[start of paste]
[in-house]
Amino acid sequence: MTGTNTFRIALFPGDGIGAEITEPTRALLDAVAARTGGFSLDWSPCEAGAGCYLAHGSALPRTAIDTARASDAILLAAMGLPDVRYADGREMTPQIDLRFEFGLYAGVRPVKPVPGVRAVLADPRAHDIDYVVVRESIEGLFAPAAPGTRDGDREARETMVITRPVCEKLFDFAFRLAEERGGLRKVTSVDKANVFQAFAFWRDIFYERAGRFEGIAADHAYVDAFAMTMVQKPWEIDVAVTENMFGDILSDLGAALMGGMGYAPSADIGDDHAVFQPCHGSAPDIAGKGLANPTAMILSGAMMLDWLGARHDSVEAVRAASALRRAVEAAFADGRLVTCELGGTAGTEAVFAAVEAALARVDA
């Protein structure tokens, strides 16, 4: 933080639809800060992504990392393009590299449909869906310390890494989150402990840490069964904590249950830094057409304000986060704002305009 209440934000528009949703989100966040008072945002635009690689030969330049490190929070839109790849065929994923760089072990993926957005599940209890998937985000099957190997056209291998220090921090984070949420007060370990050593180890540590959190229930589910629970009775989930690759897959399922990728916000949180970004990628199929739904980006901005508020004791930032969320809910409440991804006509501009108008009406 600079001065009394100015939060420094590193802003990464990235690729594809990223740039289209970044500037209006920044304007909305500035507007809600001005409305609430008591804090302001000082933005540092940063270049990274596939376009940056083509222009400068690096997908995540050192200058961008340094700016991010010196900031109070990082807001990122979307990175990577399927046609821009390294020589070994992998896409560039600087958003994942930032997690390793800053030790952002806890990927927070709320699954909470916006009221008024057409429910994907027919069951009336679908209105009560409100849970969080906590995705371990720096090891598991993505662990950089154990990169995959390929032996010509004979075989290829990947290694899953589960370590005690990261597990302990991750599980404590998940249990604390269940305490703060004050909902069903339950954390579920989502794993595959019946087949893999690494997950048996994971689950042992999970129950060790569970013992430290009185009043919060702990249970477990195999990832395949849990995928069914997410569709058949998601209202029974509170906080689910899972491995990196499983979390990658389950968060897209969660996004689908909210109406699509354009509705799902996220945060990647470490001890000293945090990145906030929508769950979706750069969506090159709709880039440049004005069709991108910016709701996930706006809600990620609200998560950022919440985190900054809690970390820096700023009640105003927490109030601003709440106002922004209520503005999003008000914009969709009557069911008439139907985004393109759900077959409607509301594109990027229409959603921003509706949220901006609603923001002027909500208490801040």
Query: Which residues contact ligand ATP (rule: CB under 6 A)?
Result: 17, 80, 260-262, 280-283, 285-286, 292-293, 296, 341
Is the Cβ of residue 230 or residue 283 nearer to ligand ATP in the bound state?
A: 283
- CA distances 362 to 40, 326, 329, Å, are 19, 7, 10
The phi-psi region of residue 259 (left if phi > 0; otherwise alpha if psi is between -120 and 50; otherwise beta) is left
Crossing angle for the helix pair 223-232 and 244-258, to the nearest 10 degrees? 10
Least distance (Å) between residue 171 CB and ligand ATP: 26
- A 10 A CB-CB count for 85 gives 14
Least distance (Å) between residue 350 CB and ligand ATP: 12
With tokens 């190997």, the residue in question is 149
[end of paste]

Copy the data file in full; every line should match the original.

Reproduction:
[in-house]
Amino acid sequence: MTGTNTFRIALFPGDGIGAEITEPTRALLDAVAARTGGFSLDWSPCEAGAGCYLAHGSALPRTAIDTARASDAILLAAMGLPDVRYADGREMTPQIDLRFEFGLYAGVRPVKPVPGVRAVLADPRAHDIDYVVVRESIEGLFAPAAPGTRDGDREARETMVITRPVCEKLFDFAFRLAEERGGLRKVTSVDKANVFQAFAFWRDIFYERAGRFEGIAADHAYVDAFAMTMVQKPWEIDVAVTENMFGDILSDLGAALMGGMGYAPSADIGDDHAVFQPCHGSAPDIAGKGLANPTAMILSGAMMLDWLGARHDSVEAVRAASALRRAVEAAFADGRLVTCELGGTAGTEAVFAAVEAALARVDA
């Protein structure tokens, strides 16, 4: 933080639809800060992504990392393009590299449909869906310390890494989150402990840490069964904590249950830094057409304000986060704002305009 209440934000528009949703989100966040008072945002635009690689030969330049490190929070839109790849065929994923760089072990993926957005599940209890998937985000099957190997056209291998220090921090984070949420007060370990050593180890540590959190229930589910629970009775989930690759897959399922990728916000949180970004990628199929739904980006901005508020004791930032969320809910409440991804006509501009108008009406 600079001065009394100015939060420094590193802003990464990235690729594809990223740039289209970044500037209006920044304007909305500035507007809600001005409305609430008591804090302001000082933005540092940063270049990274596939376009940056083509222009400068690096997908995540050192200058961008340094700016991010010196900031109070990082807001990122979307990175990577399927046609821009390294020589070994992998896409560039600087958003994942930032997690390793800053030790952002806890990927927070709320699954909470916006009221008024057409429910994907027919069951009336679908209105009560409100849970969080906590995705371990720096090891598991993505662990950089154990990169995959390929032996010509004979075989290829990947290694899953589960370590005690990261597990302990991750599980404590998940249990604390269940305490703060004050909902069903339950954390579920989502794993595959019946087949893999690494997950048996994971689950042992999970129950060790569970013992430290009185009043919060702990249970477990195999990832395949849990995928069914997410569709058949998601209202029974509170906080689910899972491995990196499983979390990658389950968060897209969660996004689908909210109406699509354009509705799902996220945060990647470490001890000293945090990145906030929508769950979706750069969506090159709709880039440049004005069709991108910016709701996930706006809600990620609200998560950022919440985190900054809690970390820096700023009640105003927490109030601003709440106002922004209520503005999003008000914009969709009557069911008439139907985004393109759900077959409607509301594109990027229409959603921003509706949220901006609603923001002027909500208490801040």
Query: Which residues contact ligand ATP (rule: CB under 6 A)?
Result: 17, 80, 260-262, 280-283, 285-286, 292-293, 296, 341
Is the Cβ of residue 230 or residue 283 nearer to ligand ATP in the bound state?
A: 283
- CA distances 362 to 40, 326, 329, Å, are 19, 7, 10
The phi-psi region of residue 259 (left if phi > 0; otherwise alpha if psi is between -120 and 50; otherwise beta) is left
Crossing angle for the helix pair 223-232 and 244-258, to the nearest 10 degrees? 10
Least distance (Å) between residue 171 CB and ligand ATP: 26
- A 10 A CB-CB count for 85 gives 14
Least distance (Å) between residue 350 CB and ligand ATP: 12
With tokens 């190997």, the residue in question is 149